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Cem Keskin, a researcher over at Microsoft Labs, demonstrated a great new evolution of the Kinect hardware, Microsoft’s awesome depth-sensing, body-mapping, voice-recognizing accessory to the Xbox 360. Up until now, commercial Kinects have not been able to detect individual movements of the hands and fingers; everything above the wrist just showed up as a single dot. Open hand, closed fist, give the machine the finger, it’d have no idea. But not anymore. Technologically, more detailed sensing has been possible for awhile; the Leap Motion sensor can detect very precise and delicate motions of the fingers, as can the upcoming armband-based MYO system.

Kinect is a cheap consumer product, designed for gaming and entertainment browsing, so there hasn’t really been much need to give the machine significantly more precise sensors. But with the successor to the Xbox 360 coming soonish–it’ll probably be announced at or around this summer’s E3 conference–it’s time for a new Kinect as well.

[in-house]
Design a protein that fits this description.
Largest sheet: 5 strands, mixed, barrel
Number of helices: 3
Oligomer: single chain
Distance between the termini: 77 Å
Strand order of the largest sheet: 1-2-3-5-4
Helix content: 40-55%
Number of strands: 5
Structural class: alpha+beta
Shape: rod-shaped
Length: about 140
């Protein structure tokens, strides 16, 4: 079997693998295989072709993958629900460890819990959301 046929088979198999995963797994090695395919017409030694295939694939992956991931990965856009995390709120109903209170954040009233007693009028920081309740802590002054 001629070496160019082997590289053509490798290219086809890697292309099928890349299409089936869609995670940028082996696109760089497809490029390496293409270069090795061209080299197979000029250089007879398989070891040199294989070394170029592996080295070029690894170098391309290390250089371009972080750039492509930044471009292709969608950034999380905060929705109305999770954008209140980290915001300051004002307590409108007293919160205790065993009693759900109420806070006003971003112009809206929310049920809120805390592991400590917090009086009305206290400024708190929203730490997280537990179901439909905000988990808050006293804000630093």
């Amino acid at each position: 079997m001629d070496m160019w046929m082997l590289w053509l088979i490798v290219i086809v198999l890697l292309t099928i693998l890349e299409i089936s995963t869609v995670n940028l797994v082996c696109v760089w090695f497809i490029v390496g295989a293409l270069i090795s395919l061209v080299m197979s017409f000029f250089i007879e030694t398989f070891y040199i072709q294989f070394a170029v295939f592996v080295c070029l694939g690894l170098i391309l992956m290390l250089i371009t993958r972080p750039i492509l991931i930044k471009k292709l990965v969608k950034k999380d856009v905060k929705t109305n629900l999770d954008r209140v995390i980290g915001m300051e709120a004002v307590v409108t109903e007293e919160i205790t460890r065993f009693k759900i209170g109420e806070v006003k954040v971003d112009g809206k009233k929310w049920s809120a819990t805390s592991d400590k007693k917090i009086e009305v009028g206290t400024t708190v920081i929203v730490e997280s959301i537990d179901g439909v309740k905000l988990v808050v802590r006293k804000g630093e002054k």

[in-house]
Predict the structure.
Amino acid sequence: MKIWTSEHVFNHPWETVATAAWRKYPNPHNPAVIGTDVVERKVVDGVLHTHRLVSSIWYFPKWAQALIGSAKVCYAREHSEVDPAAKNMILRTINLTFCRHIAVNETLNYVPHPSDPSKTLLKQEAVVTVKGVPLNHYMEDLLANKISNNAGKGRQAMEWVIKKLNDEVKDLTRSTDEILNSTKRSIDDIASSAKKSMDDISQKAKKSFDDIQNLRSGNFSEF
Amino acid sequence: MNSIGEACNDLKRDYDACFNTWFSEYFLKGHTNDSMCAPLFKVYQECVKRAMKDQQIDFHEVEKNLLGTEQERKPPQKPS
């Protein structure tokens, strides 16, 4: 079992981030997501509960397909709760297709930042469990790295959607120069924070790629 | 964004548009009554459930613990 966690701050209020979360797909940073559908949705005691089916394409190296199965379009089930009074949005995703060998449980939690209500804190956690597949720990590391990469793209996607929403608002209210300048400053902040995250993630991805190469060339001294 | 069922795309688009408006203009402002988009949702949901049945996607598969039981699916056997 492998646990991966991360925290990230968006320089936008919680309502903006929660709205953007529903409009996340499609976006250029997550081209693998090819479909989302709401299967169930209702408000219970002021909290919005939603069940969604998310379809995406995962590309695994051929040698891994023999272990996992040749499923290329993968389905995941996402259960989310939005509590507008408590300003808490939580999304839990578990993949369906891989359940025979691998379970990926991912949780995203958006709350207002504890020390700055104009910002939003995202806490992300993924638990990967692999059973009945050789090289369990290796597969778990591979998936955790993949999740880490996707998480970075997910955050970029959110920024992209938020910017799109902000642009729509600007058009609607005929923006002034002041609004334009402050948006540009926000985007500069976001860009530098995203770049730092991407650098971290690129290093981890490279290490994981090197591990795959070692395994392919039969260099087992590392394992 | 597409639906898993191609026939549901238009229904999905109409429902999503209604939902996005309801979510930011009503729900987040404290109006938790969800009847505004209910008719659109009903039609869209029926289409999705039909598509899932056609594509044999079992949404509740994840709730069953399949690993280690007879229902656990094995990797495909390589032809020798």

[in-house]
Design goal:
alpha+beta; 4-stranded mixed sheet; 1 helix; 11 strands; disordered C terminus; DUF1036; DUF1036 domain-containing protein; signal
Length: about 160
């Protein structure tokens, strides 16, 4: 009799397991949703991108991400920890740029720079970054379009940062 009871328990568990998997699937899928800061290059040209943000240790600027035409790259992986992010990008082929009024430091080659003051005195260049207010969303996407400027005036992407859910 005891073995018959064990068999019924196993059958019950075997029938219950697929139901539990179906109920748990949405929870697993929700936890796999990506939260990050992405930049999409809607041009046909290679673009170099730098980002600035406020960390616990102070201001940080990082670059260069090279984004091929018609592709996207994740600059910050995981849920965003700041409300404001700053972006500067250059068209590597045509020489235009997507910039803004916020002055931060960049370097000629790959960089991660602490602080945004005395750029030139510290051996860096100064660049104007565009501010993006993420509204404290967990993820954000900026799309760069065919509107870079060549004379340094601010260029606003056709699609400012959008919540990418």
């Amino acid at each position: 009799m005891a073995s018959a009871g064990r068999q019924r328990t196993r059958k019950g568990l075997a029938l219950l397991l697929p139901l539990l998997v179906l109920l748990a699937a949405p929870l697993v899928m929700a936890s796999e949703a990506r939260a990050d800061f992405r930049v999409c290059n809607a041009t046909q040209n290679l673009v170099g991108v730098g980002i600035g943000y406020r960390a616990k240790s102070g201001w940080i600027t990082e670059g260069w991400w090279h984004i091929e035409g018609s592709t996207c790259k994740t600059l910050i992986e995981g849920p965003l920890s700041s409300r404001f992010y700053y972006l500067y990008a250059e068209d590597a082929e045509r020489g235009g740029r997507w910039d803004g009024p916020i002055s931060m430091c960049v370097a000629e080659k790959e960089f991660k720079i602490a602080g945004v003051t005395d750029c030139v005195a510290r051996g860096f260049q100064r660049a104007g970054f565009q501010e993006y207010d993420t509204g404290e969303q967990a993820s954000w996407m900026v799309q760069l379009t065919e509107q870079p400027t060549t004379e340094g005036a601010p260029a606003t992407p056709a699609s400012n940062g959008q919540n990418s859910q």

Add to that the difficulty Microsoft has been having with Windows 8 (according to hardware maker Asus and others, sales have not been great) and Windows Phone (which has also struggled with sales and adoption rates), and you’ve got a Microsoft with a lot to gain. Kinect could be that one element that really sets Microsoft apart–no other company has anywhere near the adoption rates for this kind of gesture-control system.

This demo shows Kinect working on WIndows 8, recognizing individual hand motions and showing how multitouch interaction could work. It relies on a “grabbing” motion, in which you close your fist to select, but it lets you zoom in on Bing Maps, scroll through menus, open and close programs, and more. It’s still not nearly as precise as Leap, but we’re not really sure how accurate the system even is. Sure seems fun to bounce around Windows 8’s homescreen with gestures!

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